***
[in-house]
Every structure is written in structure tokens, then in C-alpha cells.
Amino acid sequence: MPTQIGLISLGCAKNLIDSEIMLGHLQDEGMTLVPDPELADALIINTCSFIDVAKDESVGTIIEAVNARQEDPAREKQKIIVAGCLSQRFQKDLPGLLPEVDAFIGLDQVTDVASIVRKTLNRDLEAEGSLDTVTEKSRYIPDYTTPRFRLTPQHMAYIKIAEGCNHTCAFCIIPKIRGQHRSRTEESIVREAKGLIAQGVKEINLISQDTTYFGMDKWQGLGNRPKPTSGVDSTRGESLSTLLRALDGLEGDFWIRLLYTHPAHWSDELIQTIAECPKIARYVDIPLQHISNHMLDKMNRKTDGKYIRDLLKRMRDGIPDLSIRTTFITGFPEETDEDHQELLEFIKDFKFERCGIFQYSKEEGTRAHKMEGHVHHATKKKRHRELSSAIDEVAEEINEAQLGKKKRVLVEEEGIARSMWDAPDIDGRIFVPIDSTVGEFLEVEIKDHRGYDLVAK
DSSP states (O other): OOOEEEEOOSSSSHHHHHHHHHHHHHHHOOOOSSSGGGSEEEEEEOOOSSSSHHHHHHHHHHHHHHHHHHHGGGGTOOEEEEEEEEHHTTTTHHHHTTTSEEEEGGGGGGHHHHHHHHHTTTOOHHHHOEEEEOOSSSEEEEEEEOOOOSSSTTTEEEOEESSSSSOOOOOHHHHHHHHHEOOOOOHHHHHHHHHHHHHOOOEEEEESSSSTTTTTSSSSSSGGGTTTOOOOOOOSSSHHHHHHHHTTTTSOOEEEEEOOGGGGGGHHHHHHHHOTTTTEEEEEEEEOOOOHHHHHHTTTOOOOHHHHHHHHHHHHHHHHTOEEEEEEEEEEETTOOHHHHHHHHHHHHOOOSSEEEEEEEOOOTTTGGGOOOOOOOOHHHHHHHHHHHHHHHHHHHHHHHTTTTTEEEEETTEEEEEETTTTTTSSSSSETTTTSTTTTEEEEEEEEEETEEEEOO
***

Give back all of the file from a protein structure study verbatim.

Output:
[in-house]
Every structure is written in structure tokens, then in C-alpha cells.
Amino acid sequence: MPTQIGLISLGCAKNLIDSEIMLGHLQDEGMTLVPDPELADALIINTCSFIDVAKDESVGTIIEAVNARQEDPAREKQKIIVAGCLSQRFQKDLPGLLPEVDAFIGLDQVTDVASIVRKTLNRDLEAEGSLDTVTEKSRYIPDYTTPRFRLTPQHMAYIKIAEGCNHTCAFCIIPKIRGQHRSRTEESIVREAKGLIAQGVKEINLISQDTTYFGMDKWQGLGNRPKPTSGVDSTRGESLSTLLRALDGLEGDFWIRLLYTHPAHWSDELIQTIAECPKIARYVDIPLQHISNHMLDKMNRKTDGKYIRDLLKRMRDGIPDLSIRTTFITGFPEETDEDHQELLEFIKDFKFERCGIFQYSKEEGTRAHKMEGHVHHATKKKRHRELSSAIDEVAEEINEAQLGKKKRVLVEEEGIARSMWDAPDIDGRIFVPIDSTVGEFLEVEIKDHRGYDLVAK
DSSP states (O other): OOOEEEEOOSSSSHHHHHHHHHHHHHHHOOOOSSSGGGSEEEEEEOOOSSSSHHHHHHHHHHHHHHHHHHHGGGGTOOEEEEEEEEHHTTTTHHHHTTTSEEEEGGGGGGHHHHHHHHHTTTOOHHHHOEEEEOOSSSEEEEEEEOOOOSSSTTTEEEOEESSSSSOOOOOHHHHHHHHHEOOOOOHHHHHHHHHHHHHOOOEEEEESSSSTTTTTSSSSSSGGGTTTOOOOOOOSSSHHHHHHHHTTTTSOOEEEEEOOGGGGGGHHHHHHHHOTTTTEEEEEEEEOOOOHHHHHHTTTOOOOHHHHHHHHHHHHHHHHTOEEEEEEEEEEETTOOHHHHHHHHHHHHOOOSSEEEEEEEOOOTTTGGGOOOOOOOOHHHHHHHHHHHHHHHHHHHHHHHTTTTTEEEEETTEEEEEETTTTTTSSSSSETTTTSTTTTEEEEEEEEEETEEEEOO